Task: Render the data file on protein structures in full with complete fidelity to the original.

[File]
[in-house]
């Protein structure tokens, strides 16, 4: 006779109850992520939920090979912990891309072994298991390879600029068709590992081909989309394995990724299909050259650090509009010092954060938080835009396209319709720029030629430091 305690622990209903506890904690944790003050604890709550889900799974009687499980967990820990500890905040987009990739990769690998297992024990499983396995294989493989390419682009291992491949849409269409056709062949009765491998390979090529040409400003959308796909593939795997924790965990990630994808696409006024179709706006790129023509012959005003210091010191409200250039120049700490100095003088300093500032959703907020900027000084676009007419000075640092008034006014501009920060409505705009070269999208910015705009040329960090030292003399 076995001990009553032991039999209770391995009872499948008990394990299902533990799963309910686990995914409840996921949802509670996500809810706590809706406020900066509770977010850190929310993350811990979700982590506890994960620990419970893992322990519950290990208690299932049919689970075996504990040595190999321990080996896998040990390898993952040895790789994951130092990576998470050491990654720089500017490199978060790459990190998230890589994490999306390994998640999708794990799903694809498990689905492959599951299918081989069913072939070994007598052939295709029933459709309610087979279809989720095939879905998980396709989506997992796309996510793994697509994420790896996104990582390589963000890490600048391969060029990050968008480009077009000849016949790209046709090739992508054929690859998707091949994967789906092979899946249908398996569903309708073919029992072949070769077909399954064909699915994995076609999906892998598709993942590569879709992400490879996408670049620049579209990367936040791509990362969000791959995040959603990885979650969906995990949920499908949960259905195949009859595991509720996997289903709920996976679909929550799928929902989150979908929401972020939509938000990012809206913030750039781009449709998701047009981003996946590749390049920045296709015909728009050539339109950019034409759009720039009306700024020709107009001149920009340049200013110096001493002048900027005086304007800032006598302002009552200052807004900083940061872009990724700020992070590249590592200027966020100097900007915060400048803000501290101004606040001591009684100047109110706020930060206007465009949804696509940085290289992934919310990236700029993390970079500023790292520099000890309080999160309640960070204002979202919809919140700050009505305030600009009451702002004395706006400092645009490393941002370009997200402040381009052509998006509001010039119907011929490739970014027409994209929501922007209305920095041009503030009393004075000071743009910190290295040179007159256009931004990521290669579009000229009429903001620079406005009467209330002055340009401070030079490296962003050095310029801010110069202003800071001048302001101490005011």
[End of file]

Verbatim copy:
[in-house]
């Protein structure tokens, strides 16, 4: 006779109850992520939920090979912990891309072994298991390879600029068709590992081909989309394995990724299909050259650090509009010092954060938080835009396209319709720029030629430091 305690622990209903506890904690944790003050604890709550889900799974009687499980967990820990500890905040987009990739990769690998297992024990499983396995294989493989390419682009291992491949849409269409056709062949009765491998390979090529040409400003959308796909593939795997924790965990990630994808696409006024179709706006790129023509012959005003210091010191409200250039120049700490100095003088300093500032959703907020900027000084676009007419000075640092008034006014501009920060409505705009070269999208910015705009040329960090030292003399 076995001990009553032991039999209770391995009872499948008990394990299902533990799963309910686990995914409840996921949802509670996500809810706590809706406020900066509770977010850190929310993350811990979700982590506890994960620990419970893992322990519950290990208690299932049919689970075996504990040595190999321990080996896998040990390898993952040895790789994951130092990576998470050491990654720089500017490199978060790459990190998230890589994490999306390994998640999708794990799903694809498990689905492959599951299918081989069913072939070994007598052939295709029933459709309610087979279809989720095939879905998980396709989506997992796309996510793994697509994420790896996104990582390589963000890490600048391969060029990050968008480009077009000849016949790209046709090739992508054929690859998707091949994967789906092979899946249908398996569903309708073919029992072949070769077909399954064909699915994995076609999906892998598709993942590569879709992400490879996408670049620049579209990367936040791509990362969000791959995040959603990885979650969906995990949920499908949960259905195949009859595991509720996997289903709920996976679909929550799928929902989150979908929401972020939509938000990012809206913030750039781009449709998701047009981003996946590749390049920045296709015909728009050539339109950019034409759009720039009306700024020709107009001149920009340049200013110096001493002048900027005086304007800032006598302002009552200052807004900083940061872009990724700020992070590249590592200027966020100097900007915060400048803000501290101004606040001591009684100047109110706020930060206007465009949804696509940085290289992934919310990236700029993390970079500023790292520099000890309080999160309640960070204002979202919809919140700050009505305030600009009451702002004395706006400092645009490393941002370009997200402040381009052509998006509001010039119907011929490739970014027409994209929501922007209305920095041009503030009393004075000071743009910190290295040179007159256009931004990521290669579009000229009429903001620079406005009467209330002055340009401070030079490296962003050095310029801010110069202003800071001048302001101490005011």